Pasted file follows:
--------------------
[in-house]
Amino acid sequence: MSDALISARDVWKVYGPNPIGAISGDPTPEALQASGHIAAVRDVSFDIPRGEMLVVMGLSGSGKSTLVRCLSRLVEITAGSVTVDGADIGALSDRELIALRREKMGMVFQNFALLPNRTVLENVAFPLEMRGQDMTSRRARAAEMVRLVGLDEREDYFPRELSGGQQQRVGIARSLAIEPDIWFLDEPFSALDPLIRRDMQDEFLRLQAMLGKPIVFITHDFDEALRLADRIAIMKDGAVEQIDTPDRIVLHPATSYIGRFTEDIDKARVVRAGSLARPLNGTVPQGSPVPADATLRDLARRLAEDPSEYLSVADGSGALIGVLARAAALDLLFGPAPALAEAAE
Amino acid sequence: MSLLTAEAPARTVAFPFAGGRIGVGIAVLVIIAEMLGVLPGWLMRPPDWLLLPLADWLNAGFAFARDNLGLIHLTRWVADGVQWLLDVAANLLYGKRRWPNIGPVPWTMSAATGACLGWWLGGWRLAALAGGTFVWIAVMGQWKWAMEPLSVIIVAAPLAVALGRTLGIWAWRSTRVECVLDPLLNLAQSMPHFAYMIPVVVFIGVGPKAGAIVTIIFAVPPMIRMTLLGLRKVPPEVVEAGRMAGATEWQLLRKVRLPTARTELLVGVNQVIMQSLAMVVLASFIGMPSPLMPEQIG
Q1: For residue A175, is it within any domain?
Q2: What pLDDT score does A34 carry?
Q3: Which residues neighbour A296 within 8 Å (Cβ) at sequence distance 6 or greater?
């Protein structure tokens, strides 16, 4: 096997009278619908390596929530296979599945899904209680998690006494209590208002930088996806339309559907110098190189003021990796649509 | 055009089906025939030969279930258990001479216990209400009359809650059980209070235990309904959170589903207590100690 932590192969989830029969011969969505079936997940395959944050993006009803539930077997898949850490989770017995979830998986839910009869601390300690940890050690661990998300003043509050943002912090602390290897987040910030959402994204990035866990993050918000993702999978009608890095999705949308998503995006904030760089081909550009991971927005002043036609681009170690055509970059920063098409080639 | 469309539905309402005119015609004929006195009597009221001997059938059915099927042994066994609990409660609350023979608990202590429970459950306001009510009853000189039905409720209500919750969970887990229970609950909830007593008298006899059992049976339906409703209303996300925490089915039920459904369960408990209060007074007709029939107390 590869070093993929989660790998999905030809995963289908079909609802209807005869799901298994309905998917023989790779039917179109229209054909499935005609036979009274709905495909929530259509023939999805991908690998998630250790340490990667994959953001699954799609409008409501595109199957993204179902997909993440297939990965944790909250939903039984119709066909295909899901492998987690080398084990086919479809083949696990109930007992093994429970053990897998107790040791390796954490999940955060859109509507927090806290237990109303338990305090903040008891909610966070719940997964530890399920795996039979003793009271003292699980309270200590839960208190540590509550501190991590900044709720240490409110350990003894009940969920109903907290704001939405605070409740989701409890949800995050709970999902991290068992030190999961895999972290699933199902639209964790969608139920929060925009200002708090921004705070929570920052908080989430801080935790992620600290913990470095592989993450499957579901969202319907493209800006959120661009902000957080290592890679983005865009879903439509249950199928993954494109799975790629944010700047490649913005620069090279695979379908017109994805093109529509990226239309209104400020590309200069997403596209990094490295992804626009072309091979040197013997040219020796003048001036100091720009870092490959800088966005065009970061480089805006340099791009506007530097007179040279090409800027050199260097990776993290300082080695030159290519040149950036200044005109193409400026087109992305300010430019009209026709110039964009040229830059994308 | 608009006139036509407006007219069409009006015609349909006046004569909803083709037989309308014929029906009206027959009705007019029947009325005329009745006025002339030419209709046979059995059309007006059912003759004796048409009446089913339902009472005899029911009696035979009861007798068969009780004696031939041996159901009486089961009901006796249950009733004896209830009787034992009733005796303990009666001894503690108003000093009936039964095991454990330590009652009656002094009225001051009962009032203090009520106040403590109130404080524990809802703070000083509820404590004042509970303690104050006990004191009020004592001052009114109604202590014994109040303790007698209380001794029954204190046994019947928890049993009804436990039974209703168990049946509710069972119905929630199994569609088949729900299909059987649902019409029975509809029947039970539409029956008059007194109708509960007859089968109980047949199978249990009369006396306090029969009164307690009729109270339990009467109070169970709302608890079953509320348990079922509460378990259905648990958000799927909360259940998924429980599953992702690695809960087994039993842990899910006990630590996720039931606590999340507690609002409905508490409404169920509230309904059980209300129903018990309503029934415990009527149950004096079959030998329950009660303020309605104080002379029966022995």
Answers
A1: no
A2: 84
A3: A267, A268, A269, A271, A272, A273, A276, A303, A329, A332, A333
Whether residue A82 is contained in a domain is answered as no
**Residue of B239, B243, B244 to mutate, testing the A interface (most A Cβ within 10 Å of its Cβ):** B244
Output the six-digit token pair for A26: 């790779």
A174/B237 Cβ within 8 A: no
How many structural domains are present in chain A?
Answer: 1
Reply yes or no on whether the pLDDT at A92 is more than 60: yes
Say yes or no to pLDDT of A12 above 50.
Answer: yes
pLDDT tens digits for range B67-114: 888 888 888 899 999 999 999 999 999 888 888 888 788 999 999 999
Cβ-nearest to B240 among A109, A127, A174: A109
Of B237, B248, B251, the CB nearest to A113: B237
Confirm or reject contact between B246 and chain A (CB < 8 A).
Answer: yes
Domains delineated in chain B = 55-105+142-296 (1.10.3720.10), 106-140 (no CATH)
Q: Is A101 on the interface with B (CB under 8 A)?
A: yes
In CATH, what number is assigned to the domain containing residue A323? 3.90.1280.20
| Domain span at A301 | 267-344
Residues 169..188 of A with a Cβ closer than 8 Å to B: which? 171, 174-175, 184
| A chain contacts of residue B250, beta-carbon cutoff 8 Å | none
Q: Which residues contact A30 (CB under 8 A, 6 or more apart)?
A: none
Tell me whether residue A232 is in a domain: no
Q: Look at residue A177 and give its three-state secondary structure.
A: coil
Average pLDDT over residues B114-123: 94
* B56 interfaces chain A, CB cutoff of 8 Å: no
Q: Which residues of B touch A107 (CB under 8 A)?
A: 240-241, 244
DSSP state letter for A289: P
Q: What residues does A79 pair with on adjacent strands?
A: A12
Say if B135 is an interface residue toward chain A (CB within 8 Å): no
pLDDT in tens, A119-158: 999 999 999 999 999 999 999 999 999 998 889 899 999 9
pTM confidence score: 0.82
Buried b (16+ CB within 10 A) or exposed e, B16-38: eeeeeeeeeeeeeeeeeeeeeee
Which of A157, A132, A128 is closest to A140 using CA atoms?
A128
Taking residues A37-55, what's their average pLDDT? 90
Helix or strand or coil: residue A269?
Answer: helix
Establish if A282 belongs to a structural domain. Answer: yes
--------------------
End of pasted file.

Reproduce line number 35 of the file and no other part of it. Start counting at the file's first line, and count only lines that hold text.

Tell me whether residue A232 is in a domain: no